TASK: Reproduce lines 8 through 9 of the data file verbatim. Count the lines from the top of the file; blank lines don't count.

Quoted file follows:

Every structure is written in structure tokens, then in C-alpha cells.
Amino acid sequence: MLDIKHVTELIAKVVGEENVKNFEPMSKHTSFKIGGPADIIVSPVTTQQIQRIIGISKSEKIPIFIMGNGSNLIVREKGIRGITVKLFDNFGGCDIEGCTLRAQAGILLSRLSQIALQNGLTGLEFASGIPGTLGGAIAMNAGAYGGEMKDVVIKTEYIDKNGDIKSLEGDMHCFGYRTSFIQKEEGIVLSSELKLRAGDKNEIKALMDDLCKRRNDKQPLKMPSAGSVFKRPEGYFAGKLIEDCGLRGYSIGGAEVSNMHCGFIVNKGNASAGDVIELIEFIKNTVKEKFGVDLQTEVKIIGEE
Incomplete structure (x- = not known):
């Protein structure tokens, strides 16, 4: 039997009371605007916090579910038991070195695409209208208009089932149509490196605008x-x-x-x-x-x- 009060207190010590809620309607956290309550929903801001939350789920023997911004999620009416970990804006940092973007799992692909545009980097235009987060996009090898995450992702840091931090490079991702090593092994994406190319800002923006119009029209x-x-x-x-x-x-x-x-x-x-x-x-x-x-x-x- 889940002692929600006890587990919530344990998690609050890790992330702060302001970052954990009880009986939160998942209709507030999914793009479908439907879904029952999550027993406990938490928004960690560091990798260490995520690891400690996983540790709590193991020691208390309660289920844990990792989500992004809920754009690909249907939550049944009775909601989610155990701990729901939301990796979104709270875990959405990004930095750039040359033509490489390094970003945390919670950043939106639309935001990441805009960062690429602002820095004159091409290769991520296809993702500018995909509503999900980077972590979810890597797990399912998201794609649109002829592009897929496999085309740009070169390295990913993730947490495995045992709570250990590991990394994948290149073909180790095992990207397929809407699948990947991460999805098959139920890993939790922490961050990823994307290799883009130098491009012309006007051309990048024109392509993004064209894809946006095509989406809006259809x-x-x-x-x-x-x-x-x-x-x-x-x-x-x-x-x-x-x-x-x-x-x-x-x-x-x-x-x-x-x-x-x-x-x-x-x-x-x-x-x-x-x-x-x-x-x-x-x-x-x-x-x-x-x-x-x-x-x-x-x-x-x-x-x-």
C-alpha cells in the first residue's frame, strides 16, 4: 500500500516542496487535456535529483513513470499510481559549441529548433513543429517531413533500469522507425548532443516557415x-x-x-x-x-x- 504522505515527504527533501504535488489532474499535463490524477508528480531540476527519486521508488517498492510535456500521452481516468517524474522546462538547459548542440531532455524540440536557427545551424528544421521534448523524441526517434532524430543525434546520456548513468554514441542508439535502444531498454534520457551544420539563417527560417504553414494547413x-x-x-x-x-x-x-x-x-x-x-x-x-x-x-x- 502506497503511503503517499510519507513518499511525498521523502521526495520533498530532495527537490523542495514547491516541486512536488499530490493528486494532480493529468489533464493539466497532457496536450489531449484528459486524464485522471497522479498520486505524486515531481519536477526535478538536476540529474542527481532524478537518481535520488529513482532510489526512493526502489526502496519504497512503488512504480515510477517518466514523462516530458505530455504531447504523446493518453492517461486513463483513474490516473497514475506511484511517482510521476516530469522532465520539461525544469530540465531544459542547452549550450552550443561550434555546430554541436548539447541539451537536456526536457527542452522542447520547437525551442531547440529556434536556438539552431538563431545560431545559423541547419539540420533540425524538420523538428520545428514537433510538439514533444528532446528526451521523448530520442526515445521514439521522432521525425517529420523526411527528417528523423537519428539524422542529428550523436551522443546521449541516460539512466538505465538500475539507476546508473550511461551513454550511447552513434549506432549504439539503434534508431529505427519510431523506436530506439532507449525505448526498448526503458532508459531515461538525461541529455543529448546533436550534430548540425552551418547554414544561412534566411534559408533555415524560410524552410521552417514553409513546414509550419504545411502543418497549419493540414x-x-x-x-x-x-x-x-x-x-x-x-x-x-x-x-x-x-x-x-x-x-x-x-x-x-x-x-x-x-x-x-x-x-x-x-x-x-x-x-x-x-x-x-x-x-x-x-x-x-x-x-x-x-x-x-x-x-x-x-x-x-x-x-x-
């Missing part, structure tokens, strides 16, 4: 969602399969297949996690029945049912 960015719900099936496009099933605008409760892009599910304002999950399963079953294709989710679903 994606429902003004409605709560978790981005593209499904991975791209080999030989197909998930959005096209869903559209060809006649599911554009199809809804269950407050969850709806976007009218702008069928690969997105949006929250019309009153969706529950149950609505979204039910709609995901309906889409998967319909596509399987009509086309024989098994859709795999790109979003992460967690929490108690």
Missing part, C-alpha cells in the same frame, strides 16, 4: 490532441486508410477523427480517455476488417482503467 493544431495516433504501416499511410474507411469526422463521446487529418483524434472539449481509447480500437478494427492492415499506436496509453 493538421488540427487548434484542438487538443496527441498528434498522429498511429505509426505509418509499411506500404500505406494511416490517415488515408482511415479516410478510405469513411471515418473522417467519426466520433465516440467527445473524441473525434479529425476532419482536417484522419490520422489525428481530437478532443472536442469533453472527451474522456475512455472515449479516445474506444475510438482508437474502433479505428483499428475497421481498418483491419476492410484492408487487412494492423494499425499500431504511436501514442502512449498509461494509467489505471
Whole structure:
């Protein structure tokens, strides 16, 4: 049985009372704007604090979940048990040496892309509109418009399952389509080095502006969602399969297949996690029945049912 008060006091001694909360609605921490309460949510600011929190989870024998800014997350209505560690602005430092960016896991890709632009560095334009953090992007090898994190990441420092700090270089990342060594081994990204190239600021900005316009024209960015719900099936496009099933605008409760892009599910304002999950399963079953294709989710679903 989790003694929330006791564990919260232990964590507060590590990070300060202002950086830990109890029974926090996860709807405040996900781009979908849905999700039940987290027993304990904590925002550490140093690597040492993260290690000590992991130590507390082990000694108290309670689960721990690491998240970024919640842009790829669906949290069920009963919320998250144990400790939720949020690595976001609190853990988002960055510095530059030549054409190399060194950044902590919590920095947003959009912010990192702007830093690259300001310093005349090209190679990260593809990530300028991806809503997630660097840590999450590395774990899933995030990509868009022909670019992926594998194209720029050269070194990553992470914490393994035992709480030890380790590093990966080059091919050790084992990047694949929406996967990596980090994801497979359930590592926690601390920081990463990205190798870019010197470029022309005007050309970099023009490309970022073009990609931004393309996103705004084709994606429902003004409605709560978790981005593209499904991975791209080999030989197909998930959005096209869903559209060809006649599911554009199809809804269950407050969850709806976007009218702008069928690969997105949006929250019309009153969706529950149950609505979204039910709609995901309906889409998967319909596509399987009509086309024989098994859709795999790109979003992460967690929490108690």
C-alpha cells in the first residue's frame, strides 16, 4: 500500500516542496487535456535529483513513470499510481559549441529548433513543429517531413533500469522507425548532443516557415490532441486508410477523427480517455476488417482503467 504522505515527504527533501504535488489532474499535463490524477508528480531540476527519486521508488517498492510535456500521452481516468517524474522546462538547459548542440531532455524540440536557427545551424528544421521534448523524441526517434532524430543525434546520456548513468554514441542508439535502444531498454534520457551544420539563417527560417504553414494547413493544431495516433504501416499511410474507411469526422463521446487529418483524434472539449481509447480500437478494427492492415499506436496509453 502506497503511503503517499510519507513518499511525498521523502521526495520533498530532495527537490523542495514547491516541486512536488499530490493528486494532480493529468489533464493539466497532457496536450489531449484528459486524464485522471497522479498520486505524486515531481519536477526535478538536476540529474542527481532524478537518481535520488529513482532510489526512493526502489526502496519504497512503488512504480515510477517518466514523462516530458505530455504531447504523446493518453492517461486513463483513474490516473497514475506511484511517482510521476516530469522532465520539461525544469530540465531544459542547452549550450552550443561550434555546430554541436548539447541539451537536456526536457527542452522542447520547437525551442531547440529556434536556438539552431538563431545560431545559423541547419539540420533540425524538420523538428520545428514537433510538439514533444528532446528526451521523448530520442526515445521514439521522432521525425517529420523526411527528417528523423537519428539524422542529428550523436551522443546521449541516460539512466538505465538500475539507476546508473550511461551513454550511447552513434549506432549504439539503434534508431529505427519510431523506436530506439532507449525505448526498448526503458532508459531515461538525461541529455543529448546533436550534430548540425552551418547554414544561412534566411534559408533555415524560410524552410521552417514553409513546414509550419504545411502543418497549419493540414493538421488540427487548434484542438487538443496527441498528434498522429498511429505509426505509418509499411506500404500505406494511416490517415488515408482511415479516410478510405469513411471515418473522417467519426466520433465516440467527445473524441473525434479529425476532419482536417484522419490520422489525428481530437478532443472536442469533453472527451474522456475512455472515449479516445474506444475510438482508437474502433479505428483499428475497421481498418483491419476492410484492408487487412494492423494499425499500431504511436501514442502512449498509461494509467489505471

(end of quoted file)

Whole structure:
């Protein structure tokens, strides 16, 4: 049985009372704007604090979940048990040496892309509109418009399952389509080095502006969602399969297949996690029945049912 008060006091001694909360609605921490309460949510600011929190989870024998800014997350209505560690602005430092960016896991890709632009560095334009953090992007090898994190990441420092700090270089990342060594081994990204190239600021900005316009024209960015719900099936496009099933605008409760892009599910304002999950399963079953294709989710679903 989790003694929330006791564990919260232990964590507060590590990070300060202002950086830990109890029974926090996860709807405040996900781009979908849905999700039940987290027993304990904590925002550490140093690597040492993260290690000590992991130590507390082990000694108290309670689960721990690491998240970024919640842009790829669906949290069920009963919320998250144990400790939720949020690595976001609190853990988002960055510095530059030549054409190399060194950044902590919590920095947003959009912010990192702007830093690259300001310093005349090209190679990260593809990530300028991806809503997630660097840590999450590395774990899933995030990509868009022909670019992926594998194209720029050269070194990553992470914490393994035992709480030890380790590093990966080059091919050790084992990047694949929406996967990596980090994801497979359930590592926690601390920081990463990205190798870019010197470029022309005007050309970099023009490309970022073009990609931004393309996103705004084709994606429902003004409605709560978790981005593209499904991975791209080999030989197909998930959005096209869903559209060809006649599911554009199809809804269950407050969850709806976007009218702008069928690969997105949006929250019309009153969706529950149950609505979204039910709609995901309906889409998967319909596509399987009509086309024989098994859709795999790109979003992460967690929490108690």